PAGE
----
Modern receivers are very selective. My receiver allows me to choose between a 6 kHz and a 2·5 kHz signal passband. It uses mechanical filters in the IF (intermediate frequency) section. These provide very precise and well shaped signal passbands. It is also a double conversion superhet. This pretty well guarantees that I will not get any unwanted images of strong signals from other parts of the radio spectrum.

However, when I look at the RF (radio frequency) section of my receiver — the part where the raw signal actually enters the receiver — I see only very crude filtering. It comprises only two switched filters for the whole of the LF/MF/HF range. One allows through all the RF energy coming in from the aerial that is between 100 kHz and 1·7 MHz. The other allows through all the RF energy coming in from the aerial between 1·7 and 30 MHz. That's an awful lot of unwanted energy hitting the recei­ver's first active device — namely its combined RF amplifier and mixer. Quite differ­ent from the old days when good HF receivers had one or two fully tuned RF ampli­fier stages — but these are not practical for the automatic search and scan func­tions demanded by today's short wave listeners.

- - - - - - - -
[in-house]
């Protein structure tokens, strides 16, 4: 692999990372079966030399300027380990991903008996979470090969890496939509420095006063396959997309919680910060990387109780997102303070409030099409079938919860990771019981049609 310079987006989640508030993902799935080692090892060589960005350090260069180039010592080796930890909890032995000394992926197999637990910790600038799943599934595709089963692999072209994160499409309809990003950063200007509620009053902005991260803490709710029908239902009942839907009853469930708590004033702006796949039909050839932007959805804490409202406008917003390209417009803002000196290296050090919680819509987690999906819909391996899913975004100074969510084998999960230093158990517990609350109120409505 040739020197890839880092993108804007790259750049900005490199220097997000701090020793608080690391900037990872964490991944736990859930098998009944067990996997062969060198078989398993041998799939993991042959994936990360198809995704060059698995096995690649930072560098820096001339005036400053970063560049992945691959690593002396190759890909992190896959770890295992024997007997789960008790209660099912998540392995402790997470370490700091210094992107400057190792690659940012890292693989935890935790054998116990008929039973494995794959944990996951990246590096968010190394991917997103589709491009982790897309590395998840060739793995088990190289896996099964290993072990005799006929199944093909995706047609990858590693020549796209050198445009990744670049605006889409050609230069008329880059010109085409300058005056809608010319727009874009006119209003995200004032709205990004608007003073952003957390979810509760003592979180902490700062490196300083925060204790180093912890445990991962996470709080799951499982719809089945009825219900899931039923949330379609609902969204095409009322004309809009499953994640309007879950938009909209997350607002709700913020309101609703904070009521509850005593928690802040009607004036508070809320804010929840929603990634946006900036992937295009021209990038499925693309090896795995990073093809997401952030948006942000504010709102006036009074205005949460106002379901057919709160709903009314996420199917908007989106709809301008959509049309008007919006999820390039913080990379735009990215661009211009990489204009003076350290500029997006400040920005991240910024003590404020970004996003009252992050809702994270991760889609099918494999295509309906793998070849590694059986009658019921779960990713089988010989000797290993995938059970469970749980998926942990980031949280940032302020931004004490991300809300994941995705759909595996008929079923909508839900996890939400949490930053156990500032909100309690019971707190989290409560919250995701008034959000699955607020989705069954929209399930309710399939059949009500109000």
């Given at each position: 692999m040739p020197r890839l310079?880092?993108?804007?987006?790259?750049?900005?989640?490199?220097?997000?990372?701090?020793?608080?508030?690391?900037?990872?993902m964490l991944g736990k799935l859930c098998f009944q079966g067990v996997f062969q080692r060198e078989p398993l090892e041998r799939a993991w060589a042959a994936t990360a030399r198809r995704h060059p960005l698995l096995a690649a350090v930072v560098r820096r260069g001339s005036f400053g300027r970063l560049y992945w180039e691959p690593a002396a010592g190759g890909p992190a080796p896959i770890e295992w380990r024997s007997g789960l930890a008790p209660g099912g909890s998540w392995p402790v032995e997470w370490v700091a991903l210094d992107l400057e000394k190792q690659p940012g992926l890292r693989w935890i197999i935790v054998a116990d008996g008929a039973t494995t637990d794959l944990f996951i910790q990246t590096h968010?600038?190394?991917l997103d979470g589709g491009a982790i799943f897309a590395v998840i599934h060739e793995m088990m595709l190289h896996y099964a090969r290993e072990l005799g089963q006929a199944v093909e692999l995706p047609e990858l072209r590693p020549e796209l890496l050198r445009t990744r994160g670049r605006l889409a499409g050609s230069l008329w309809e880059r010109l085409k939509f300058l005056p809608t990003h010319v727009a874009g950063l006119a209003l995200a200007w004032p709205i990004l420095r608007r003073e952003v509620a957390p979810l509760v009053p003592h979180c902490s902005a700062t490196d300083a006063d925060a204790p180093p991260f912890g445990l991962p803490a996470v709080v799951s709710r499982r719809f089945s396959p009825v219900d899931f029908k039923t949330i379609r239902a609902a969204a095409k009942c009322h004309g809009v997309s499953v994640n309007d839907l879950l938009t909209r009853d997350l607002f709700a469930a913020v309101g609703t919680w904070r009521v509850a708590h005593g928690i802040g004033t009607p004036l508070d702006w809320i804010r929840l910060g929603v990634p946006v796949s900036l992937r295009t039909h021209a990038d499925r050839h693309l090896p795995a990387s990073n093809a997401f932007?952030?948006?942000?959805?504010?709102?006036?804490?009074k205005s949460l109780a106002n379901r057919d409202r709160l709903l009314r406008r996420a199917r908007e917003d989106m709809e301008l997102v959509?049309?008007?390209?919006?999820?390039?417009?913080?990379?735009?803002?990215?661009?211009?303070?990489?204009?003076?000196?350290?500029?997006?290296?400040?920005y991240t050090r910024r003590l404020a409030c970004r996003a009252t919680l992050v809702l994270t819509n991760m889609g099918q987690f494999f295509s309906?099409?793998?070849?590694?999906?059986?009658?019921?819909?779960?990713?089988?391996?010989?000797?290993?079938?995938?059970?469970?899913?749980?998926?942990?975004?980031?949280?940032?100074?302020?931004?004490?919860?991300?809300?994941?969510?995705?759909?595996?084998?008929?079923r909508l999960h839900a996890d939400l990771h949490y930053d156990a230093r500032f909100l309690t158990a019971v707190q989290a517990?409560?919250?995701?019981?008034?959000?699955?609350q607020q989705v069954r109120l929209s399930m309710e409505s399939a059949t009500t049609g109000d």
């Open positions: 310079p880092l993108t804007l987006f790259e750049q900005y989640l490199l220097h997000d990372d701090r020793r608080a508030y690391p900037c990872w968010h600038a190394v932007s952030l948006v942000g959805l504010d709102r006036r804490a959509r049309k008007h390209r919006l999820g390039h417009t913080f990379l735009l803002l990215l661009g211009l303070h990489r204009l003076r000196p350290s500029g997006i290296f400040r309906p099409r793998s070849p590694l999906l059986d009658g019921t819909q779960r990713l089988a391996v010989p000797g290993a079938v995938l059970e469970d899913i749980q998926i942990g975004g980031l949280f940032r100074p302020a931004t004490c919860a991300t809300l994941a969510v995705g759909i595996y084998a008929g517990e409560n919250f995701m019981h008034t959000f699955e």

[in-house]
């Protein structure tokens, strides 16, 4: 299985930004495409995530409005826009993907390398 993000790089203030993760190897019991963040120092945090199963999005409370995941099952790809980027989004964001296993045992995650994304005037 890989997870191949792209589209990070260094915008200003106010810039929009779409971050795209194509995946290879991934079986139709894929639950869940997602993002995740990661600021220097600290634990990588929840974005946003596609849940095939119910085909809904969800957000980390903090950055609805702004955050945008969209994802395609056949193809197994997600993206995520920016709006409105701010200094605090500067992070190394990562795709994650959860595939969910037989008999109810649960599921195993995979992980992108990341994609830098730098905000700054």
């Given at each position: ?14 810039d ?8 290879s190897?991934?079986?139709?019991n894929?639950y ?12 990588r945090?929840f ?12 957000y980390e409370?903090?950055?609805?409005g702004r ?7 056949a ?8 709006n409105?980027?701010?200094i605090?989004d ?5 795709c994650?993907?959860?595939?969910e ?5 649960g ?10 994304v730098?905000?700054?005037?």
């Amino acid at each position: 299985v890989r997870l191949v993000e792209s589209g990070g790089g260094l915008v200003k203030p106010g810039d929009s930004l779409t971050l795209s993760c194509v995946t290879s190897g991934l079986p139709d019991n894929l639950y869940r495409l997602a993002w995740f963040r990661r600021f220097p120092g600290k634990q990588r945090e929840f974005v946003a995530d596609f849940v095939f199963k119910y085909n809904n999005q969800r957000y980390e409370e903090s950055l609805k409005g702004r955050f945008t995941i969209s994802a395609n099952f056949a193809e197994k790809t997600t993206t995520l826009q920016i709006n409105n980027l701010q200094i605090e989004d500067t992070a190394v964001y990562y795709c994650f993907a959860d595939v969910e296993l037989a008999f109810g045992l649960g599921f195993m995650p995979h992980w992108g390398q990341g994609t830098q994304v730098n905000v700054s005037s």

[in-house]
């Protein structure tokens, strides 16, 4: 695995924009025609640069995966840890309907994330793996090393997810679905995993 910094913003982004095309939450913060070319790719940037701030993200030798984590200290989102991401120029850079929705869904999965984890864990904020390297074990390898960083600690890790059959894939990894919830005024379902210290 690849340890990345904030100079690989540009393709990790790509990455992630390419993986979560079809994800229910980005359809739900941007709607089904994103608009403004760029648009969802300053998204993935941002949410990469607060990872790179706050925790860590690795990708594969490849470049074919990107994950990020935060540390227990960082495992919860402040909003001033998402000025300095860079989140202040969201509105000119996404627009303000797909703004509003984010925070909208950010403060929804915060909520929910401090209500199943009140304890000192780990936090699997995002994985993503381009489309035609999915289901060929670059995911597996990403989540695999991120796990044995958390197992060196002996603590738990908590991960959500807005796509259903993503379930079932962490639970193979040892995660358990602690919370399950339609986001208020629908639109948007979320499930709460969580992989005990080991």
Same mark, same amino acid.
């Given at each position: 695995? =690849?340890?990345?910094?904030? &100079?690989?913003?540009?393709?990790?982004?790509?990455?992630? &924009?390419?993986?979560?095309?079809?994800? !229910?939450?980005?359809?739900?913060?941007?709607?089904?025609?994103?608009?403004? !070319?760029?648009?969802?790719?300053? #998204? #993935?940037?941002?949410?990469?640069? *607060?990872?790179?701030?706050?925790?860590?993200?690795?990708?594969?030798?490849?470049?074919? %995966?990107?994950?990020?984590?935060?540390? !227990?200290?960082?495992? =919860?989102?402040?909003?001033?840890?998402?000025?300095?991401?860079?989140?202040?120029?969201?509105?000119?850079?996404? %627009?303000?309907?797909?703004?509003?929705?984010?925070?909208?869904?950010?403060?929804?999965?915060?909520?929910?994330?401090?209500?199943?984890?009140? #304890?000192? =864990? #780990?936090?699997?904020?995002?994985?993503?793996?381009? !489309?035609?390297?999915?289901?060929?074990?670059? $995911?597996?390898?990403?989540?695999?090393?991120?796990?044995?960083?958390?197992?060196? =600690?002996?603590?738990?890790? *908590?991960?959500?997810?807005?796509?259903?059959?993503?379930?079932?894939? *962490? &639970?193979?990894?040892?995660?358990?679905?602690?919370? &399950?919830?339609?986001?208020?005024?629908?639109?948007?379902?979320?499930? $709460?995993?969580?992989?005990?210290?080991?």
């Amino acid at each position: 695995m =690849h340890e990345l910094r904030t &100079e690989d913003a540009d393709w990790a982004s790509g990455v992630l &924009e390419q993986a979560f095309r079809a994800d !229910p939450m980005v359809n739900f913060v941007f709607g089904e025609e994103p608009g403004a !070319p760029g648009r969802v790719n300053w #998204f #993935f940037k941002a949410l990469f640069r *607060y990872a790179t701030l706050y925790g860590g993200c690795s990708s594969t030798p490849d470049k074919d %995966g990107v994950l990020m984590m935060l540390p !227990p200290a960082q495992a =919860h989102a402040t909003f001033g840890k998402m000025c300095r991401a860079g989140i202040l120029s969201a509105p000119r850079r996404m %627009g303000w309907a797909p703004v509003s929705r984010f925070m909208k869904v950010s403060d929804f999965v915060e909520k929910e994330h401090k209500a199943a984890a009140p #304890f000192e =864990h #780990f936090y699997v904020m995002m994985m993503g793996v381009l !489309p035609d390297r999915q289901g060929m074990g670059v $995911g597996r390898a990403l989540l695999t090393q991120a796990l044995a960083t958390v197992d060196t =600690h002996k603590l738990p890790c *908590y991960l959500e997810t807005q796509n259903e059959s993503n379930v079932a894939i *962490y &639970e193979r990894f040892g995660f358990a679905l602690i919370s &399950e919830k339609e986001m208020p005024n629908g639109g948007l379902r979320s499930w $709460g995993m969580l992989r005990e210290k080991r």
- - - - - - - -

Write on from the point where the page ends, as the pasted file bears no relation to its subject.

I realise a modern active device like a MOSFET (metal oxide semiconductor field-effect transistor) can tolerate a wide range of input signal strength. Nevertheless, I am sure that presenting it with as strong and as clean a signal as possible will never do any harm and can only help when it comes to prizing a weak signal from the cacophoney of the HF radio spectrum. And this is the aerial's job.

An aerial can provide two kinds of selectivity — frequency selectivity (favouring sig­n­als within a desired frequency range) and directional selectivity (favouring signals coming from the a desired direction). These two kinds of selectivity reinforce each other. Their effects add. Consequently, the best kind of aerial is one that provides both kinds of selectivity.